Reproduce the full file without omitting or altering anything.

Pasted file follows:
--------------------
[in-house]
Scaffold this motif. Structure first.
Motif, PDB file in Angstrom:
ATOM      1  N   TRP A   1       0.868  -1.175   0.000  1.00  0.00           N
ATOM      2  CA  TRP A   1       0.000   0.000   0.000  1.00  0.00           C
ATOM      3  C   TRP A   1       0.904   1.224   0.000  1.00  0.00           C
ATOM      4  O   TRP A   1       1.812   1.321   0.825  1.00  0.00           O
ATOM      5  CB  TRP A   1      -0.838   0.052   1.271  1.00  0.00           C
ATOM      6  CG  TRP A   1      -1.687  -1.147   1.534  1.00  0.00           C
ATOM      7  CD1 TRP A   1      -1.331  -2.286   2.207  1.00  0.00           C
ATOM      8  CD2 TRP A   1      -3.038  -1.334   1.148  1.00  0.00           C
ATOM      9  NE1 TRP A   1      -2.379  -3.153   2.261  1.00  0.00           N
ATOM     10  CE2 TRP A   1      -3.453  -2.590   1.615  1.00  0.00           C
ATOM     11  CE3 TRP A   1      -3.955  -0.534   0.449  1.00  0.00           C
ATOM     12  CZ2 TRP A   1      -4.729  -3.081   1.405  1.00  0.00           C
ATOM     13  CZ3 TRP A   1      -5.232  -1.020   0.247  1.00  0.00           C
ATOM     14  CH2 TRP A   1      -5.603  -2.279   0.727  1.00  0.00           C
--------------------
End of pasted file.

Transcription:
[in-house]
Scaffold this motif. Structure first.
Motif, PDB file in Angstrom:
ATOM      1  N   TRP A   1       0.868  -1.175   0.000  1.00  0.00           N
ATOM      2  CA  TRP A   1       0.000   0.000   0.000  1.00  0.00           C
ATOM      3  C   TRP A   1       0.904   1.224   0.000  1.00  0.00           C
ATOM      4  O   TRP A   1       1.812   1.321   0.825  1.00  0.00           O
ATOM      5  CB  TRP A   1      -0.838   0.052   1.271  1.00  0.00           C
ATOM      6  CG  TRP A   1      -1.687  -1.147   1.534  1.00  0.00           C
ATOM      7  CD1 TRP A   1      -1.331  -2.286   2.207  1.00  0.00           C
ATOM      8  CD2 TRP A   1      -3.038  -1.334   1.148  1.00  0.00           C
ATOM      9  NE1 TRP A   1      -2.379  -3.153   2.261  1.00  0.00           N
ATOM     10  CE2 TRP A   1      -3.453  -2.590   1.615  1.00  0.00           C
ATOM     11  CE3 TRP A   1      -3.955  -0.534   0.449  1.00  0.00           C
ATOM     12  CZ2 TRP A   1      -4.729  -3.081   1.405  1.00  0.00           C
ATOM     13  CZ3 TRP A   1      -5.232  -1.020   0.247  1.00  0.00           C
ATOM     14  CH2 TRP A   1      -5.603  -2.279   0.727  1.00  0.00           C